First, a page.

“For you yourselves know very well that the Day of the Lord will come as a thief comes at night. . . . But you, friends, are not in the darkness, and the Day should not take you by surprise like a thief.” (1 Thess. 5:2, 4)
|Vladimir and Estragon|
Remarkably, people were talking about this new church without even being asked—their fame echoed throughout the land. But the exciting news wasn’t just about them; it was about the way in which this church had come to be. The gospel, not the people who believed it or preached it, was the hero (may that be true of us in the midst of evangelicalism’s celebrity syndrome!). And it was that gospel that wrenched those dead idols from the hands of the Thessalonian Christians, causing them to wait for God and his coming wrath with confidence.
It may seem commonplace to us, but eschewing idols was simply unheard of in the first century. “It would be like asking people in a modern city to give up using motor cars, computers and telephones,” notes one commentator.
Embracing the living God meant embracing his resurrected Son and his way of doing things. It meant living with one of the most unique characteristics of Christianity—hope. This hope, as is often said, was no weak desire for something that may or may not happen. Rather, it was a confident anticipation of the royal coming (parousia) of the Messiah from the throne room of God. This coming marks both condemnation and reconciliation. On the one hand, God, through his Christ, will condemn all that distorts and defaces his creation; on the other hand, through this condemnation, his people will be delivered and he will restore all things. Such is the stuff that Christian hope is made of (to paraphrase Bogey, not Shakespeare).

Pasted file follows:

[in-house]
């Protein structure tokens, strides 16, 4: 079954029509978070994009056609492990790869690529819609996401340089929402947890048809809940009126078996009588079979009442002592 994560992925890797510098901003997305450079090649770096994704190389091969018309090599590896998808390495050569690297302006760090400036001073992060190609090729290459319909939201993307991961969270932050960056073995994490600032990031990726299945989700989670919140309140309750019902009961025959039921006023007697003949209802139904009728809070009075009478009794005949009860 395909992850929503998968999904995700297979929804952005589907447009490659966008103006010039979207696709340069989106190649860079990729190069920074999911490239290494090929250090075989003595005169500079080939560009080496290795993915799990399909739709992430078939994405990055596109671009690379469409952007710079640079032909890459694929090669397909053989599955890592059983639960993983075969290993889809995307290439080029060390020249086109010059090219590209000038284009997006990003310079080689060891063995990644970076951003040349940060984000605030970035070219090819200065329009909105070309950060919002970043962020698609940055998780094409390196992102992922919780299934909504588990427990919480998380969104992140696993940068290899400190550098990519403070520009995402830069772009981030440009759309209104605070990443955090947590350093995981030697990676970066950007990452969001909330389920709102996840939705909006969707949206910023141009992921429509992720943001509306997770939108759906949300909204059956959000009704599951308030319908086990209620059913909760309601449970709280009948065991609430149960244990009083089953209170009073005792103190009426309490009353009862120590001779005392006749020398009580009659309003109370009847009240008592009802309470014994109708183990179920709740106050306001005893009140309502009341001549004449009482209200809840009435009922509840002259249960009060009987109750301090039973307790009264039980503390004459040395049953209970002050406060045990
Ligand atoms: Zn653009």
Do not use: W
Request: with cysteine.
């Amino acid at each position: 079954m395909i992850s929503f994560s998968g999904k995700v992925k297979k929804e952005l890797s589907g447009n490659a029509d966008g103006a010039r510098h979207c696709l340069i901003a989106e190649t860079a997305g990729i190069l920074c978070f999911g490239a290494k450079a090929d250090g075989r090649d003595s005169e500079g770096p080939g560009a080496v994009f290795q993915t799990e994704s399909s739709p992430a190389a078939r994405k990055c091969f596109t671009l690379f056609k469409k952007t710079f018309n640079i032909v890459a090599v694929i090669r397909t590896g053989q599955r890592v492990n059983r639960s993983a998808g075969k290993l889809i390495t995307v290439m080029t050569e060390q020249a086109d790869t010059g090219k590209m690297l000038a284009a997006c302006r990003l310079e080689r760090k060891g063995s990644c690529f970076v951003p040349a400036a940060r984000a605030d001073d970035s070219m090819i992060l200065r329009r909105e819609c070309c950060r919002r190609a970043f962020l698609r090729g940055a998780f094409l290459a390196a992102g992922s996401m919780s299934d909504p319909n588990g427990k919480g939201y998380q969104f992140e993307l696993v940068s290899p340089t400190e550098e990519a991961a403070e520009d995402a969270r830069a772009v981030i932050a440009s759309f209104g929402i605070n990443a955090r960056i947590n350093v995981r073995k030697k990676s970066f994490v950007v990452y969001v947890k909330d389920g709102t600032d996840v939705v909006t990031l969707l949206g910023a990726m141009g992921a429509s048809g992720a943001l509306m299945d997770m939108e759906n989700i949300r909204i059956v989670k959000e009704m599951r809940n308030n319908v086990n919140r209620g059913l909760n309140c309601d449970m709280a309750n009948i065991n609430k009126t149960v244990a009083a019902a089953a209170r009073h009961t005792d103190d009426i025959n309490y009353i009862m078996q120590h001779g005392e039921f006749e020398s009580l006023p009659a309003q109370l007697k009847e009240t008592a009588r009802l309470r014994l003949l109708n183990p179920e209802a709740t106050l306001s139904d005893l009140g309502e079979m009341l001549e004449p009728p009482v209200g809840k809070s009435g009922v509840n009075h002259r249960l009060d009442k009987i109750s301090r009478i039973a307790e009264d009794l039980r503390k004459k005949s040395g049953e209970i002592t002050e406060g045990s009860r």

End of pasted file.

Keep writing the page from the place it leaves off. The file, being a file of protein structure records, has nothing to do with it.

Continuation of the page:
But it’s not a passive waiting, like we do in a doctor’s waiting room or at home when waiting for a loved one to arrive. It’s an active life of holiness and witness to God’s righteousness. It’s a confident anticipation that God will show mercy to his people, returning them from exile to the Promised Land—a new heaven and earth. So, we are not in darkness and the Day of the Lord shouldn’t take us by surprise like a thief (1 Thess. 5:4). May we strive this day to recognize that a future day is coming when God will deal with every form of evil, and may we take comfort in our only defense—the work and righteousness of our Lord Jesus Christ.